Pope Benedict XVI has decided that Cardinal Theodore E. McCarrick should continue as archbishop of Washington despite McCarrick's having reached the retirement age of 75, the archdiocese said yesterday.
"The cardinal's understanding is that he'll be here another two years or so," said Susan Gibbs, McCarrick's spokeswoman.
McCarrick, who has headed the Washington archdiocese since January 2001 and is in good health, had formally offered his resignation July 7, his 75th birthday, as required of bishops by church law. He told the archdiocese's priests at a Labor Day gathering that he received the pope's decision in a letter from the apostolic nuncio, the Vatican's ambassador to Washington.
"I accept the Holy Father's decision with gratitude and confidence," McCarrick said in a written statement. "The confidence is based on the fact that I can count on the help of God. . . . The gratitude comes from the privilege of working with my brother bishops and priests, deacons and religious, whose generosity and zeal I have already experienced over the last four and a half years."
Benedict's predecessor, Pope John Paul II, routinely allowed bishops to continue past their 75th birthdays as long as they were in good health, untainted by scandal and running their dioceses without major problems. The late Cardinal James A. Hickey, who preceded McCarrick as Washington's archbishop, remained in that post until he was 80.
Some activists in the church had made no secret, however, of their hope that Benedict would replace McCarrick with someone who would take more aggressive positions on issues such as the admission of homosexuals to seminaries and the denial of Communion to politicians who support abortion rights.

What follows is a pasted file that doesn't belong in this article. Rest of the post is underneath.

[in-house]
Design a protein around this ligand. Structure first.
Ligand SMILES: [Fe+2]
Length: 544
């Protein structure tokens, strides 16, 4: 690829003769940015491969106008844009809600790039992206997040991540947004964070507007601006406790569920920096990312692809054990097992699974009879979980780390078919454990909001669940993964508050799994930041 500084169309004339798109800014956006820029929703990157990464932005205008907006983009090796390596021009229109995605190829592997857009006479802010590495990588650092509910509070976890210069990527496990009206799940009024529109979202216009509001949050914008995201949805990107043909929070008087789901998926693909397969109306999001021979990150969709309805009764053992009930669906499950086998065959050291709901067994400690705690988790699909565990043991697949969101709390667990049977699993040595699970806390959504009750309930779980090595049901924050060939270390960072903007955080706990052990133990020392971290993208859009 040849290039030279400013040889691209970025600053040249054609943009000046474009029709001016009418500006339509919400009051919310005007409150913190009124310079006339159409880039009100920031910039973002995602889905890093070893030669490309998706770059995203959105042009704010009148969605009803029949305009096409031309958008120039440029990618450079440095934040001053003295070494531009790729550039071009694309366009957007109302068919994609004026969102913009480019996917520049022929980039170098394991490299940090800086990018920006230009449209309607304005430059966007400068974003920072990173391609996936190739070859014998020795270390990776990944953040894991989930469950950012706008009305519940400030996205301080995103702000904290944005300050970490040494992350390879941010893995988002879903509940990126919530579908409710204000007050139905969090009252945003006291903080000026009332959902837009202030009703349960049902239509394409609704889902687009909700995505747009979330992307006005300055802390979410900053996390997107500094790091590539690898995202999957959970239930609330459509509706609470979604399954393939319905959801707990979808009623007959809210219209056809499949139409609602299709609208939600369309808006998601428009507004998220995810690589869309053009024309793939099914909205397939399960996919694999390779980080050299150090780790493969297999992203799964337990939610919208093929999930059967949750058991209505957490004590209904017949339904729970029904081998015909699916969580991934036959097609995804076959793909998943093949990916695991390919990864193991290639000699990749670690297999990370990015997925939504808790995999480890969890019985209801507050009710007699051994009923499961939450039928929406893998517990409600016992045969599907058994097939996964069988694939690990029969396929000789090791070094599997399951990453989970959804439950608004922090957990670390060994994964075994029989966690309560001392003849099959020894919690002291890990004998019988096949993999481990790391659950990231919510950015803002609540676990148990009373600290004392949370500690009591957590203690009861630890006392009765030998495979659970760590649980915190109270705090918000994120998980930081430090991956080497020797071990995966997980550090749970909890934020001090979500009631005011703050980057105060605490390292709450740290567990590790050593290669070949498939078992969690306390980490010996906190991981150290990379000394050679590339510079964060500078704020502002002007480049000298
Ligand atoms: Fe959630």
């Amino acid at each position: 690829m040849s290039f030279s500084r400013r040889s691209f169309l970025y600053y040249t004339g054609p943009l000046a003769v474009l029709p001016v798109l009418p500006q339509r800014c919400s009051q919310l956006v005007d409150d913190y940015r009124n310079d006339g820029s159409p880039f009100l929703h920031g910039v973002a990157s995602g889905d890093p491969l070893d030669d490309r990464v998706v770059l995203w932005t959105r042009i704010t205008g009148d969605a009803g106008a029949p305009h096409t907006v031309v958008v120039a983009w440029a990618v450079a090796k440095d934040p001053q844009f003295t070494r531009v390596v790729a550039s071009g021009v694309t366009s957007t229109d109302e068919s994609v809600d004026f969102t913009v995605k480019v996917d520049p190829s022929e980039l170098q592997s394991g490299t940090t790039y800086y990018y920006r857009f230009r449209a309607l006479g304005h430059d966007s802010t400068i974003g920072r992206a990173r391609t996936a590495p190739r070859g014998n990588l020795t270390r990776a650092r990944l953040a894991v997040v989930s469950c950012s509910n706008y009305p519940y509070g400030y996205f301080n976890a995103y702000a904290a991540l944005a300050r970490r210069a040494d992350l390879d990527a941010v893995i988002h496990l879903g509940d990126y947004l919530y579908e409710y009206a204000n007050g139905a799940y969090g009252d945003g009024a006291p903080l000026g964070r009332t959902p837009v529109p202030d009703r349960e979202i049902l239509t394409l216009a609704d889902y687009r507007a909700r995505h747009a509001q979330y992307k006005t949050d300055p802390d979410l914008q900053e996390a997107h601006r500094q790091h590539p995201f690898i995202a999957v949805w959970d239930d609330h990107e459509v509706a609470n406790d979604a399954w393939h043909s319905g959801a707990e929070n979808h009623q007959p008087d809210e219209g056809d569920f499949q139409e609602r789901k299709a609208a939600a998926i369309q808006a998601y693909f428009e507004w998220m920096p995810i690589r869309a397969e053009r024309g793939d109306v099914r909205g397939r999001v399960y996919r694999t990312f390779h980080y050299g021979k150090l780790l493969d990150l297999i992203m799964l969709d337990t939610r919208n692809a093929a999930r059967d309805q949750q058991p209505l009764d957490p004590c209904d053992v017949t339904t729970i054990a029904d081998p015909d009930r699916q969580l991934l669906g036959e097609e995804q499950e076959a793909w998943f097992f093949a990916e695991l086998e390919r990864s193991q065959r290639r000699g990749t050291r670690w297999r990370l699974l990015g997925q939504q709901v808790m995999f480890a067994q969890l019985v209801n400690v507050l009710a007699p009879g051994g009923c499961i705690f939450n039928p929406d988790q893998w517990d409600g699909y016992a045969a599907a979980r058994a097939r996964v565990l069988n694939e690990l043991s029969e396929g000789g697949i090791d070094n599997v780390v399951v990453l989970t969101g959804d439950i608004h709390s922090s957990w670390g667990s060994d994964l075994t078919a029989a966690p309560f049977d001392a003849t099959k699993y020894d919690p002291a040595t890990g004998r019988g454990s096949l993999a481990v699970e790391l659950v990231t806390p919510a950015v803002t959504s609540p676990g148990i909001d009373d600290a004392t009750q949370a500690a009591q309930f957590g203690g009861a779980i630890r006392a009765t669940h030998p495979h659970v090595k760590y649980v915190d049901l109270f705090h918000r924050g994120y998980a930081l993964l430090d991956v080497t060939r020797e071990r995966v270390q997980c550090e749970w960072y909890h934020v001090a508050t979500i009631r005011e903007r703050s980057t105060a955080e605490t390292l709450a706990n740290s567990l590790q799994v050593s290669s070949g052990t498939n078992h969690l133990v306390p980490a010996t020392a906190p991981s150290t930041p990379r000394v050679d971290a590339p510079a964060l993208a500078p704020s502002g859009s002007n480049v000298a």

McCarrick has said that all candidates for the priesthood must show that they are ready to live in celibacy, regardless of their sexual orientation. Some Catholic leaders favor a strict ban on anyone who acknowledges a sexual attraction to other men.
During the last presidential campaign, McCarrick suggested that politicians who publicly oppose the church's teaching against abortion should not present themselves for Communion. But he also said he did not think the Communion rail was an appropriate place for confrontation.
Domenico Bettinelli, editor of Catholic World Report, a conservative monthly in Salem, Mass., said yesterday that in his view, McCarrick is part of "a passing generation of bishops" who took "a soft-pedal approach where it's more important to not offend people than to stand firmly for the truth and the church's teaching."
McCarrick "has given long service to the church, is obviously dedicated to the church and is doing what he thinks is right for the church," Bettinelli said. "But it would be a service to the church to bring in a younger man with more energy to renew the faith."
The Rev. William J. Byron, former president of Catholic University and former pastor of Holy Trinity Catholic Church in Northwest Washington, disagreed. He said McCarrick was popular with clergy and laity in Washington and would be very difficult to replace.
"He loves the job, he loves being archbishop of Washington, and it shows," Byron said. "It's a very good venue for a person with his interests and personality. He moves well in diplomatic circles. He has been very active internationally, and he has managed to do that without neglecting the store at home."